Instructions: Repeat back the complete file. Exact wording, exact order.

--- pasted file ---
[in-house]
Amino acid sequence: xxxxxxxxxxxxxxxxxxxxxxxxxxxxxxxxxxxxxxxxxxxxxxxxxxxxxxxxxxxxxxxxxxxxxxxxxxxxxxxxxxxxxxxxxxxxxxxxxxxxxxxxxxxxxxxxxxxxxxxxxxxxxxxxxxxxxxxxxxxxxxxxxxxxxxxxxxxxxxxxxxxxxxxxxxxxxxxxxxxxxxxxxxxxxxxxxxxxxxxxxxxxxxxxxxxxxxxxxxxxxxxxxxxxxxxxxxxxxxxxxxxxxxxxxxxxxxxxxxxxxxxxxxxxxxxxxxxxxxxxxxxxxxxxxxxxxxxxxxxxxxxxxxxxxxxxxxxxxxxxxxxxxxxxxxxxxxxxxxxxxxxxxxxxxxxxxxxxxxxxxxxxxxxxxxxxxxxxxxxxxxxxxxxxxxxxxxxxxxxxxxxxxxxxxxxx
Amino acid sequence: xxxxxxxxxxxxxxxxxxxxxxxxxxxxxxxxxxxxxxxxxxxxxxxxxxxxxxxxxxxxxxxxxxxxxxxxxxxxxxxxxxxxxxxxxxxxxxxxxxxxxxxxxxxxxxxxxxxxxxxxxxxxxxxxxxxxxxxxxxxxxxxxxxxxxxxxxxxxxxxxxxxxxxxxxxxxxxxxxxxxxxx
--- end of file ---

[in-house]
Amino acid sequence: xxxxxxxxxxxxxxxxxxxxxxxxxxxxxxxxxxxxxxxxxxxxxxxxxxxxxxxxxxxxxxxxxxxxxxxxxxxxxxxxxxxxxxxxxxxxxxxxxxxxxxxxxxxxxxxxxxxxxxxxxxxxxxxxxxxxxxxxxxxxxxxxxxxxxxxxxxxxxxxxxxxxxxxxxxxxxxxxxxxxxxxxxxxxxxxxxxxxxxxxxxxxxxxxxxxxxxxxxxxxxxxxxxxxxxxxxxxxxxxxxxxxxxxxxxxxxxxxxxxxxxxxxxxxxxxxxxxxxxxxxxxxxxxxxxxxxxxxxxxxxxxxxxxxxxxxxxxxxxxxxxxxxxxxxxxxxxxxxxxxxxxxxxxxxxxxxxxxxxxxxxxxxxxxxxxxxxxxxxxxxxxxxxxxxxxxxxxxxxxxxxxxxxxxxxxx
Amino acid sequence: xxxxxxxxxxxxxxxxxxxxxxxxxxxxxxxxxxxxxxxxxxxxxxxxxxxxxxxxxxxxxxxxxxxxxxxxxxxxxxxxxxxxxxxxxxxxxxxxxxxxxxxxxxxxxxxxxxxxxxxxxxxxxxxxxxxxxxxxxxxxxxxxxxxxxxxxxxxxxxxxxxxxxxxxxxxxxxxxxxxxxxx